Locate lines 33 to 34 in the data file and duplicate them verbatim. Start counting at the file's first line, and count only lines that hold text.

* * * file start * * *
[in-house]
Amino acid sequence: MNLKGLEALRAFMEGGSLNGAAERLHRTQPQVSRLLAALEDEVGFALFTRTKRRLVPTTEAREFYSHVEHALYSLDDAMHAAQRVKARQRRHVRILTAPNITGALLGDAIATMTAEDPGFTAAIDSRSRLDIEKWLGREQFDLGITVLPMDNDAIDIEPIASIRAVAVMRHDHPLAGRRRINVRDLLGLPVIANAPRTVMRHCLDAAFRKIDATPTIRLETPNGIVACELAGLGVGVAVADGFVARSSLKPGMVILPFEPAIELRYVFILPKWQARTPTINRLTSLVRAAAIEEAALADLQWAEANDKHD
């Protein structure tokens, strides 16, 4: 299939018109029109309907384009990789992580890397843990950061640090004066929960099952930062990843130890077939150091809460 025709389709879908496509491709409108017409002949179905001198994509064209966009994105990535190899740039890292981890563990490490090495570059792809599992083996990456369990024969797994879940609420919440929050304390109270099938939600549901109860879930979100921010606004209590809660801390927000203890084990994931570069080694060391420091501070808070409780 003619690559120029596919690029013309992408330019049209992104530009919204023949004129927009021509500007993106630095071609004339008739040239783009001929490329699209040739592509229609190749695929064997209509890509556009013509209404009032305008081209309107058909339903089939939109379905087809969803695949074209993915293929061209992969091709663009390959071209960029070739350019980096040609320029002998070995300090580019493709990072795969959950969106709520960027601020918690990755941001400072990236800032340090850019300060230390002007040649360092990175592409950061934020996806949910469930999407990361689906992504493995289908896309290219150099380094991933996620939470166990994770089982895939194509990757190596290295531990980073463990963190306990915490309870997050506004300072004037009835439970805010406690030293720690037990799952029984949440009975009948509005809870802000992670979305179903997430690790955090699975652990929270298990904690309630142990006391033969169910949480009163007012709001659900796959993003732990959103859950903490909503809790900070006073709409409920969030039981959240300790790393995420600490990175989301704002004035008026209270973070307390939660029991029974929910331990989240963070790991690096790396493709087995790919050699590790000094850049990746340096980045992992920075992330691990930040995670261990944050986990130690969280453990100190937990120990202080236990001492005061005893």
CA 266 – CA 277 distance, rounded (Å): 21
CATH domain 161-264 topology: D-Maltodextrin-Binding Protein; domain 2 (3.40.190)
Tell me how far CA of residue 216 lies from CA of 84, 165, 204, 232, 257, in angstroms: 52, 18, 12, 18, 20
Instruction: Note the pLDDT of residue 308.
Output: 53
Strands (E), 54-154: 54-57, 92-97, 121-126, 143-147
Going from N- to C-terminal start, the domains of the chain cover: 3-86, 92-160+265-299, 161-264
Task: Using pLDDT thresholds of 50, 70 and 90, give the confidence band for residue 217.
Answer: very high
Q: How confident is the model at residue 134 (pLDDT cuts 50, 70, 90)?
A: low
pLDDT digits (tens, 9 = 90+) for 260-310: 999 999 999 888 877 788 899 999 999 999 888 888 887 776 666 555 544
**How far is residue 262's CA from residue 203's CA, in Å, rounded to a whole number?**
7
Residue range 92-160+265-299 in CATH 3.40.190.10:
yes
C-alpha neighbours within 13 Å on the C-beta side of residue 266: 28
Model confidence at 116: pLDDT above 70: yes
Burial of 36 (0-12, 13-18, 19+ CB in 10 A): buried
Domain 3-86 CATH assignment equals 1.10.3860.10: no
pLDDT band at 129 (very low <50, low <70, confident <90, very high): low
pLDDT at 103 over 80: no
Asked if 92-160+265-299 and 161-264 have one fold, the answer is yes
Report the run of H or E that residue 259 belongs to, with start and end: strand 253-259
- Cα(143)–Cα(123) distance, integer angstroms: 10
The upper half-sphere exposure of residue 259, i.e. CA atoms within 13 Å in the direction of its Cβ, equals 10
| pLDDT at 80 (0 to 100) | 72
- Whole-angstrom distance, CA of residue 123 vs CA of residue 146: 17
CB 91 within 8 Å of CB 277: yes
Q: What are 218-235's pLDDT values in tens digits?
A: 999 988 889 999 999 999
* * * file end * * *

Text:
Q: What are 218-235's pLDDT values in tens digits?
A: 999 988 889 999 999 999